There are no surprises anymore, no intrigue or mystery surrounding people. Not only do I know what you look like without your clothes on but I know what you ate for breakfast. I’ve witnessed all the holidays you took with your ex-boyfriend, your intimate moments in bed together, the walks along the beach, what he bought you for Valentine’s Day. Hell, I’ve even seen the collages of pictures from each week you were together (and I noticed when they stopped too!). I know what you look like in your underpants, I’ve seen your entire wardrobe, I know all your friends and I even know which is your favourite movie. I’ve witnessed all the songs you listen to on Spotify, read all your funny jokes, followed your check-ins at your favourite cafes and know who else was there with you. I’ve virtually met your mother, grandmother and siblings. I’ve seen the inside of your bedroom, know what car you drive, where you have you hair cut, how you take your coffee and what your desk at work looks like. I’ve seen pictures of you when your were a kid and to be honest your were #cuter when you weren’t so vain and wore a shirt more often. Which makes me think, who takes those “selfie” shirtless pictures for you anyway?

Now before you accuse me of hypocrisy, I openly admit that I am responsible for partaking in many of the previously listed activities although I draw the line at soft-core porn. Quite frankly I find it all rather attention seeking but before I digress too far let me bring it back to the purpose of this post. In a time when we are all encouraged to be more linked-in, wouldn’t you prefer it if people kept their face out of your book? Wouldn’t it be wonderful if new love interests had the opportunity to discover all your subtle character traits for themselves? Personally, when I’m about to have sex with a new partner I want to be able to unwrap the present, not already knowing what the gift inside looks like. If everyone’s already seen the package on Instagram, where’s the excitement?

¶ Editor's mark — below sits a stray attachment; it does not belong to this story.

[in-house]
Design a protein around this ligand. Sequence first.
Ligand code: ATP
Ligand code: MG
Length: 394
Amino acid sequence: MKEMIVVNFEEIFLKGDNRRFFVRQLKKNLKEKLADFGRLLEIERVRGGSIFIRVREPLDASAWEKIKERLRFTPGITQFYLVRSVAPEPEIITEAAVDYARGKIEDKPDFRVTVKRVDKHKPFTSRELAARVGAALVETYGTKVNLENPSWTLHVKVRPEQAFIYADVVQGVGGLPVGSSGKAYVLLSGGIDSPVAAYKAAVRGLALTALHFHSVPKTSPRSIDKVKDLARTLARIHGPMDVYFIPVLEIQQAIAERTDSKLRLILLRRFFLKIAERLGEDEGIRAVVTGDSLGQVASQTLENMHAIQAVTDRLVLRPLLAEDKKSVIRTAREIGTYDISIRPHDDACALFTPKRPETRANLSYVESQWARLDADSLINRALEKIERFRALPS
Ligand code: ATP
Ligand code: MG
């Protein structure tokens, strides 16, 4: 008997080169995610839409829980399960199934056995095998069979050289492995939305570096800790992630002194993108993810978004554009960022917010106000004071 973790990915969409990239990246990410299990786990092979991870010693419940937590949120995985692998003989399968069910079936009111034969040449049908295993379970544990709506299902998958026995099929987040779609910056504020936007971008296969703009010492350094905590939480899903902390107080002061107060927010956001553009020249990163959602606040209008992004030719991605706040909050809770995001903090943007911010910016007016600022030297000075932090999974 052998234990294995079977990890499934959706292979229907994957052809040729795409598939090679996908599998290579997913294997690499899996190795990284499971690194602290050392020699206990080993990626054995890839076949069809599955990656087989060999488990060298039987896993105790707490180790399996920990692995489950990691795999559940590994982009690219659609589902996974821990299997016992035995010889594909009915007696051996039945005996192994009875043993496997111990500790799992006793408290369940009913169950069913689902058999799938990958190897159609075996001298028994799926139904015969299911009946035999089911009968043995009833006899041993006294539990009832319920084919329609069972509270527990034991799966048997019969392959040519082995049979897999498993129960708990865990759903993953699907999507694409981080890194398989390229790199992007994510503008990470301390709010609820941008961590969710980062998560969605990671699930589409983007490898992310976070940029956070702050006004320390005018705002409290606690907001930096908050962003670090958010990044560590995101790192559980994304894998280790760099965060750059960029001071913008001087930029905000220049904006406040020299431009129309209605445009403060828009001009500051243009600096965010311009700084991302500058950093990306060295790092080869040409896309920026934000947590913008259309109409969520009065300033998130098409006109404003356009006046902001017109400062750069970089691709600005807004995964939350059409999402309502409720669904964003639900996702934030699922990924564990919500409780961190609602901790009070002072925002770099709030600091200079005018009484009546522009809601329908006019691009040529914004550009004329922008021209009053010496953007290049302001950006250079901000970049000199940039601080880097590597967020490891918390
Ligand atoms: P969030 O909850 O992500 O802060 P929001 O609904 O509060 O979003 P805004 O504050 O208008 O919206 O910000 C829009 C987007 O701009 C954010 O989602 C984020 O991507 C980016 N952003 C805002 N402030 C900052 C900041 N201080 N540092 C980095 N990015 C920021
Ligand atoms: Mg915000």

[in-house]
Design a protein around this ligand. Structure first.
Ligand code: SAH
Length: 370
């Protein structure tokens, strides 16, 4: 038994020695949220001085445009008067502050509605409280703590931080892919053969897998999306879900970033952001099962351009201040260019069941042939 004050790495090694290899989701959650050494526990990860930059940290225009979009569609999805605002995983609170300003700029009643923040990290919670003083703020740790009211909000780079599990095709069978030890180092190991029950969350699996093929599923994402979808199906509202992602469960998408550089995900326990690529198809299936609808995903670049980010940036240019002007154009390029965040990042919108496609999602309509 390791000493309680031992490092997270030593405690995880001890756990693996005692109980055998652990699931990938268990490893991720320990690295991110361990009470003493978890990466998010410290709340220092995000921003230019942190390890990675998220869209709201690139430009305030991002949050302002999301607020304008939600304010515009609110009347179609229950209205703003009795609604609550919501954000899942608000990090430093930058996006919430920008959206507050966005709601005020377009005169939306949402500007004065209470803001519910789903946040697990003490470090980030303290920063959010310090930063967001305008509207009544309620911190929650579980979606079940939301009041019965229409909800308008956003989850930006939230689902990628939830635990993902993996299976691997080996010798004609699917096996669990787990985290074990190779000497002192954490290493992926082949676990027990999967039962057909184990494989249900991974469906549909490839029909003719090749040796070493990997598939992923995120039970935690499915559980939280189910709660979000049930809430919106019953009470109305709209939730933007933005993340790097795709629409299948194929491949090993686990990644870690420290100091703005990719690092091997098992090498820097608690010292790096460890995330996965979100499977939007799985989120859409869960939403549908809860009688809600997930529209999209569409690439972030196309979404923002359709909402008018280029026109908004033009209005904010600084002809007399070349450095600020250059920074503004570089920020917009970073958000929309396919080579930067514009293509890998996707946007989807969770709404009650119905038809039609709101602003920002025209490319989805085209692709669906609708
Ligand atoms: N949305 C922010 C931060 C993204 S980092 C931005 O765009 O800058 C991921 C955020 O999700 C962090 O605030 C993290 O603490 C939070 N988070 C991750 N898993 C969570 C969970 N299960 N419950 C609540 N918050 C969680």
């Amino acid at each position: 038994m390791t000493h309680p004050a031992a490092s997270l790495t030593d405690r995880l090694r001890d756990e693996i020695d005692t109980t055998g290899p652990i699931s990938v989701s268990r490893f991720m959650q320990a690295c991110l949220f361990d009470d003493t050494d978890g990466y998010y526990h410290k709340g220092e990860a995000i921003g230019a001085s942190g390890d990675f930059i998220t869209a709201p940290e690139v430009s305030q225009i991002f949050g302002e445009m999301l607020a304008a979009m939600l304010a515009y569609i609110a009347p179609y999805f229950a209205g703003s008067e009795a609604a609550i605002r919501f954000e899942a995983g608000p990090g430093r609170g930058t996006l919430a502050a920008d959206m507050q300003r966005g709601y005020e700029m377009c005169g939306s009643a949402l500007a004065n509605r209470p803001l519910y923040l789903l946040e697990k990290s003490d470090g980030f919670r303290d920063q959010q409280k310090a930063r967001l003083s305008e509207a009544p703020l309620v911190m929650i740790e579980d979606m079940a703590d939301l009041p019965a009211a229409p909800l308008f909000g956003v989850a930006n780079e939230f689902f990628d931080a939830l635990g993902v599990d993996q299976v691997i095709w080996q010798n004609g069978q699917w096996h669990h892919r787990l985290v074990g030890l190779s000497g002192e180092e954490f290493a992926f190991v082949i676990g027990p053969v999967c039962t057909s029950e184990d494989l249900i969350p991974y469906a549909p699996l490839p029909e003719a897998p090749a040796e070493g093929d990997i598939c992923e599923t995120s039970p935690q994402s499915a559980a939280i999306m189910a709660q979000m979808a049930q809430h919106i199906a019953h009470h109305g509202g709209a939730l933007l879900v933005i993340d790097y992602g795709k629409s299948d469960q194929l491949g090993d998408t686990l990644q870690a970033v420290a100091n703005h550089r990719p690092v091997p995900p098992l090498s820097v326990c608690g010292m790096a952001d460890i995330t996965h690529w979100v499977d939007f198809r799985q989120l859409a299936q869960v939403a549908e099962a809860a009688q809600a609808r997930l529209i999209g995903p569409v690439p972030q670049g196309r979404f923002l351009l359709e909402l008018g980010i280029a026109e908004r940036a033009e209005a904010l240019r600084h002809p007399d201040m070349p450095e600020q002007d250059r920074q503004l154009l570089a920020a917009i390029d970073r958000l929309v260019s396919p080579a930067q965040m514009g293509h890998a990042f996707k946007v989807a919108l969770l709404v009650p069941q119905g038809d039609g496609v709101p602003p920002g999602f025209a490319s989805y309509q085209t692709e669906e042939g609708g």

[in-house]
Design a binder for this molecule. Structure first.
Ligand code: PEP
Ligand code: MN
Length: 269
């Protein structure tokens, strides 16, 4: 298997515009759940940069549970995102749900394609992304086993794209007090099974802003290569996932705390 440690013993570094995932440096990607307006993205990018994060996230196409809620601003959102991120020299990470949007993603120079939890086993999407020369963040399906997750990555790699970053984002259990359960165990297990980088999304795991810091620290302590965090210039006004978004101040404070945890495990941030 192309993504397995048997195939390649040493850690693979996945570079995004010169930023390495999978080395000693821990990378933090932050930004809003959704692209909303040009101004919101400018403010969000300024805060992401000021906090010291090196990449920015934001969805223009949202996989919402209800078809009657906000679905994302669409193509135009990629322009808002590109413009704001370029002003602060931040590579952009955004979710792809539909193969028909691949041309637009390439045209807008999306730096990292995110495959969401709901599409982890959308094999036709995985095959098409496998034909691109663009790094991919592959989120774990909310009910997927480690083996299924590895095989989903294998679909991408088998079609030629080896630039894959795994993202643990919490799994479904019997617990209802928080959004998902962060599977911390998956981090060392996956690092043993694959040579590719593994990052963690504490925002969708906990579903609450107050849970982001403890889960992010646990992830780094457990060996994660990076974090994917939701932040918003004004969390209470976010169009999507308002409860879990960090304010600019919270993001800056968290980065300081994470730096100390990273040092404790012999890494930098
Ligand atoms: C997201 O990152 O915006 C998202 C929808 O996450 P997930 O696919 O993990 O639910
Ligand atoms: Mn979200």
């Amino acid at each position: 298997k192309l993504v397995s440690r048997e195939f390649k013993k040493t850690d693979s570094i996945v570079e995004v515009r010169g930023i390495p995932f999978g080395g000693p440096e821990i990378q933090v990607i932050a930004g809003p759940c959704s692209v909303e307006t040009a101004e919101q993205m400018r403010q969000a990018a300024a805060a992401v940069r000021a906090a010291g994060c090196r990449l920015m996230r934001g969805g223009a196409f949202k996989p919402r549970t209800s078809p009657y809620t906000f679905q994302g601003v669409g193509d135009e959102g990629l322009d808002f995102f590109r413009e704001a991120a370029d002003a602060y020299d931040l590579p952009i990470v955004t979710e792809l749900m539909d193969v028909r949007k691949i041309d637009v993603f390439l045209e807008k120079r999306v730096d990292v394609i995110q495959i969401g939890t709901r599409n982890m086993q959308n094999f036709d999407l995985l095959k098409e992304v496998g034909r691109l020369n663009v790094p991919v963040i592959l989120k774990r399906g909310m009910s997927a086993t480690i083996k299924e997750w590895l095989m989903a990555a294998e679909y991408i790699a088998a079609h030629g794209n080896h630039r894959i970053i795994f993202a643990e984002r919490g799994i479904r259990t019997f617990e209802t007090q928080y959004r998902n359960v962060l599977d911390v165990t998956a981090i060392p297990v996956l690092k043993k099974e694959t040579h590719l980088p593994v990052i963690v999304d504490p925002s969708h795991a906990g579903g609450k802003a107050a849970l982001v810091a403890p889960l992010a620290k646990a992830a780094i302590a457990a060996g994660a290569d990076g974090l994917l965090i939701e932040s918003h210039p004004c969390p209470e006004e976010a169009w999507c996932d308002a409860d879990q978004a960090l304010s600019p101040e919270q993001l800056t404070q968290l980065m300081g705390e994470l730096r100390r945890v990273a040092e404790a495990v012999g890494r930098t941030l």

So before you complain about never meeting your Prince Charming or that your relationships never last, step away from the gym mirror, lay down your phone, put your pants back on and ask yourself “what would Noah do?”.

Image: River Viiperi (Paris Hilton’s boyfriend) for Interview Magazine. Here are some more pictures from the September 2012 underwear editorial featuring other male models.

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RULE NO.11: YOU WERE BORN THIS WAY

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Throughout puberty I wondered “why am I gay?”

Before Lady Gaga confirmed that she was born this way, before Kurt Hummel vocally expressed his problems 3 octaves higher than most 16 year old boys and before any celebrity promised that it would get better, I was a confused teenager trying to understand why I was gay.

Attending a conservative private school that prescribed to a certain Judeo-Christian religious persuasion, homosexuality was merely a subject in a health book that was superficially brushed over one afternoon in grade 9. This particular book claimed that teenagers often experienced passing attractions to the same sex as a byproduct of hormone release. I wished that when the hormones stopped releasing so would my my same-sex attraction. It wasn’t to be.